An annual tax of $4 on each household in Metro Vancouver could help fund hundreds of new affordable housing units in the region, according to a new report.
- Vancouver councillor wants homeless modular housing in single-family zones
- Property taxes could increase as much as 10% in Vancouver next year
- Legislation introduced for TransLink’s new development fee to fund transit expansion
- Vancouver axes planned development fee hikes due to housing slowdown
The report comes after Metro Vancouver Regional District approved the 2019- 2022 Board Strategic Plan, outlining strategic directions for each of the organization’s functions, earlier this summer.
According to the report, the housing committee took part in a workshop in early July to explore key issues and opportunities for the creation of the plan.
Among the topics discussed was consideration of a new tax to support new development of affordable housing.
The report noted that the majority of the region’s housing stock was developed in the 1970s and 1980s through federal funding programs, while the remainder was developed through subsequent housing programs.
Currently, the regional district’s housing portfolio includes 49 sites spread throughout 11 municipalities, but “limited government funding over the past 20 years has meant that little affordable rental housing has been built, by Metro Vancouver Housing or other housing providers.”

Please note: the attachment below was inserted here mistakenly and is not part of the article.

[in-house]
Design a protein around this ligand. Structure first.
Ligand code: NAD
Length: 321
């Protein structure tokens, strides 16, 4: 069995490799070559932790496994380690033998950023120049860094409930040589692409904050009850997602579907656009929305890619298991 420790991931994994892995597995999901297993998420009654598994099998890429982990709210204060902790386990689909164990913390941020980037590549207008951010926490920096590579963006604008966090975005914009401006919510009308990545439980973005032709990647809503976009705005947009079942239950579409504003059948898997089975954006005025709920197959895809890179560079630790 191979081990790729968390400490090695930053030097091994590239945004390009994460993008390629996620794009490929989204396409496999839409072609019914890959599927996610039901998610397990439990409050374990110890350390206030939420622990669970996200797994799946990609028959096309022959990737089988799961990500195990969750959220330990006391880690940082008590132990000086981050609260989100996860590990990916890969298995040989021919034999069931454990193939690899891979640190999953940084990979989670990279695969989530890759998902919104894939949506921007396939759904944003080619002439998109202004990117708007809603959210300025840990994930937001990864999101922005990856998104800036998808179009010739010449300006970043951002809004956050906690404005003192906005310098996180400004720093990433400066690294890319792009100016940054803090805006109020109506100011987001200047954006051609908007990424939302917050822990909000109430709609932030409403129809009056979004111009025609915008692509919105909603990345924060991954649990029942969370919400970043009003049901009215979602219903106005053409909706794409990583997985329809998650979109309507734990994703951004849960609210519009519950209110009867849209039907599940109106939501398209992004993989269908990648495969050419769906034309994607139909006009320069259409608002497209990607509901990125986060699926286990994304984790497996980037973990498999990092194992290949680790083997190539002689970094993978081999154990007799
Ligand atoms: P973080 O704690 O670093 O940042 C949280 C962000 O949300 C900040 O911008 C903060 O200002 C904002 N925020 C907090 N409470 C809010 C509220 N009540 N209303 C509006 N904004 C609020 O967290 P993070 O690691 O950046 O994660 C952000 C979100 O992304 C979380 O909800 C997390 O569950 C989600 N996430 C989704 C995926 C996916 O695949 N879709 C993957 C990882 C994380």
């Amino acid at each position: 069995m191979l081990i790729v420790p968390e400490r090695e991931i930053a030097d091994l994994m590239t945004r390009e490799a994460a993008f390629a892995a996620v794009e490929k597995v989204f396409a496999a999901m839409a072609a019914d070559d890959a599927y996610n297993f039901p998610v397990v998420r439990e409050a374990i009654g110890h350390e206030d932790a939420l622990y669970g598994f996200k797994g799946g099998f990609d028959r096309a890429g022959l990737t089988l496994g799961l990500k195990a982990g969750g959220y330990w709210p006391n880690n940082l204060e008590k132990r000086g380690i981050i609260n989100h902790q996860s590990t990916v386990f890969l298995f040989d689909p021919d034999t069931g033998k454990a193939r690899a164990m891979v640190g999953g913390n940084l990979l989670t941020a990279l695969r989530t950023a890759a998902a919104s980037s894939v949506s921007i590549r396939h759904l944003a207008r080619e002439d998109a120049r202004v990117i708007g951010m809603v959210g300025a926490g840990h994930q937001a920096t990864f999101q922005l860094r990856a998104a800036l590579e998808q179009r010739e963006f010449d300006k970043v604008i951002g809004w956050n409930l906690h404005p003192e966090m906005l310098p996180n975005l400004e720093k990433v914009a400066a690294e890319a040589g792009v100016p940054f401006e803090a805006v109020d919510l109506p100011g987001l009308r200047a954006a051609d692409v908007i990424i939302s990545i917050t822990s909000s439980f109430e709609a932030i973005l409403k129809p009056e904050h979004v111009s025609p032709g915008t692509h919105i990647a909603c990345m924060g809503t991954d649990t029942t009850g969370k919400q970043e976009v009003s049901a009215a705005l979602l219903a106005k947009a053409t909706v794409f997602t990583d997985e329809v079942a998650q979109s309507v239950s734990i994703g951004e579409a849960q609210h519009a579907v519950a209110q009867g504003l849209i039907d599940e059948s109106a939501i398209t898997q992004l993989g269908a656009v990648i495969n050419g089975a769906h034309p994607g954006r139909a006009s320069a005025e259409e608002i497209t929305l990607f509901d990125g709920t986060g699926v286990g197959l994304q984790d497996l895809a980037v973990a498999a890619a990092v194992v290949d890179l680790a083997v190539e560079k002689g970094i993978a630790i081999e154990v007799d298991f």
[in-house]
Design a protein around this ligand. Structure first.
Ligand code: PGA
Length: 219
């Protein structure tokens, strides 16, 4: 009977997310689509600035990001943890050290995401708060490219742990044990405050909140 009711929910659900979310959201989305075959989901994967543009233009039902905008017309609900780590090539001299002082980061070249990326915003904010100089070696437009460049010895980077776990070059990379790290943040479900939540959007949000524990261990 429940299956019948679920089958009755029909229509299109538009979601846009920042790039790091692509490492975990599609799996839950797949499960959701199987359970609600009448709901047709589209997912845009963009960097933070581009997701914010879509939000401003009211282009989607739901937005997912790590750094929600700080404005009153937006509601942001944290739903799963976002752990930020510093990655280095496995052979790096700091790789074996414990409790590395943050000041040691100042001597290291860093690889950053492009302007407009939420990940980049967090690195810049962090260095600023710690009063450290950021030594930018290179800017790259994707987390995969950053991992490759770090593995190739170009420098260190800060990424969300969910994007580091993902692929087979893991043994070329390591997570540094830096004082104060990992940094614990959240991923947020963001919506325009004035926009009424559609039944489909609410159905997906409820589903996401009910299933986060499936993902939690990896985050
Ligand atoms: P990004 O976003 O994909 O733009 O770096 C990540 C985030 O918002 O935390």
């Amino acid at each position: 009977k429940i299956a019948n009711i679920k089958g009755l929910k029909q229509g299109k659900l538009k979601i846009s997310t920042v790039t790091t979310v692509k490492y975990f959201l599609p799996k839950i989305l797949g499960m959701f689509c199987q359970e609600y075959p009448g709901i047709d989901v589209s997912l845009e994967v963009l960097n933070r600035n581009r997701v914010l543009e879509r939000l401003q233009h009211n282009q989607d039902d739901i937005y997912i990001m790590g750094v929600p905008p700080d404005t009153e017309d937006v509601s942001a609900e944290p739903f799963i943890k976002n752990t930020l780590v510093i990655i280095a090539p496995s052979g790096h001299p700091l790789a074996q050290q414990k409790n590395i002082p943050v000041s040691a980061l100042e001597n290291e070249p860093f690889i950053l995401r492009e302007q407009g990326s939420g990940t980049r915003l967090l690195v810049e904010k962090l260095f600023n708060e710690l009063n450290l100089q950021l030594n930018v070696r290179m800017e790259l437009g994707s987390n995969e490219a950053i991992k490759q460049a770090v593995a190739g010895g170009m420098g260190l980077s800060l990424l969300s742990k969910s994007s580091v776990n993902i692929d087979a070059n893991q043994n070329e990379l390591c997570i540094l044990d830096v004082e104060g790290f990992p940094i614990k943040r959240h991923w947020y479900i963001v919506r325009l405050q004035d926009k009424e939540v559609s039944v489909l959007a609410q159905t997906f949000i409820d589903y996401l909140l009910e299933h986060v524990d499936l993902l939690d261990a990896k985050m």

This, combined with steady regional growth and rising house prices, “has led to a significant demand for affordable rental housing across the region,” the report said.
And while both the provincial and federal governments made commitments to affordable housing in 2016, “years of backlog will require a significant amount of new affordable rental housing to meet demand.”
At the same time, “our buildings are aging and in need of ongoing capital maintenance and renewal,” and “much of our existing funds will need to be invested in renewing and maintaining existing housing, rather than creating new housing,” the report said.
As such, the report proposes that “to support the necessary MVHC equity contribution towards new development projects on member jurisdiction lands, one option is to use the MVRD authority to raise money through the Affordable Housing function.”
And according to the report, “a new annual requisition of $4.0M is anticipated to provide sufficient equity.”
Broken down by household, “this requisition would have a regional impact of approximately $4 per household.”
With an additional $4 million in annual revenue, raised through the regional district’s tax requisition dedicated to the construction of housing on member-owned land leased to MVHC at a nominal cost, “it is estimated that Metro Vancouver Housing can develop 500 new units of affordable housing on municipal lands over the next ten years,” the report says.
It notes that if the approach was supported by the board, it would enable Metro Vancouver to “immediately take advantage of opportunities to partner with member jurisdictions in the development of new affordable housing across the region.”
A discussion on the recommendations is scheduled to take place on September 11, but the tax would still need approval from the regional board before being implemented.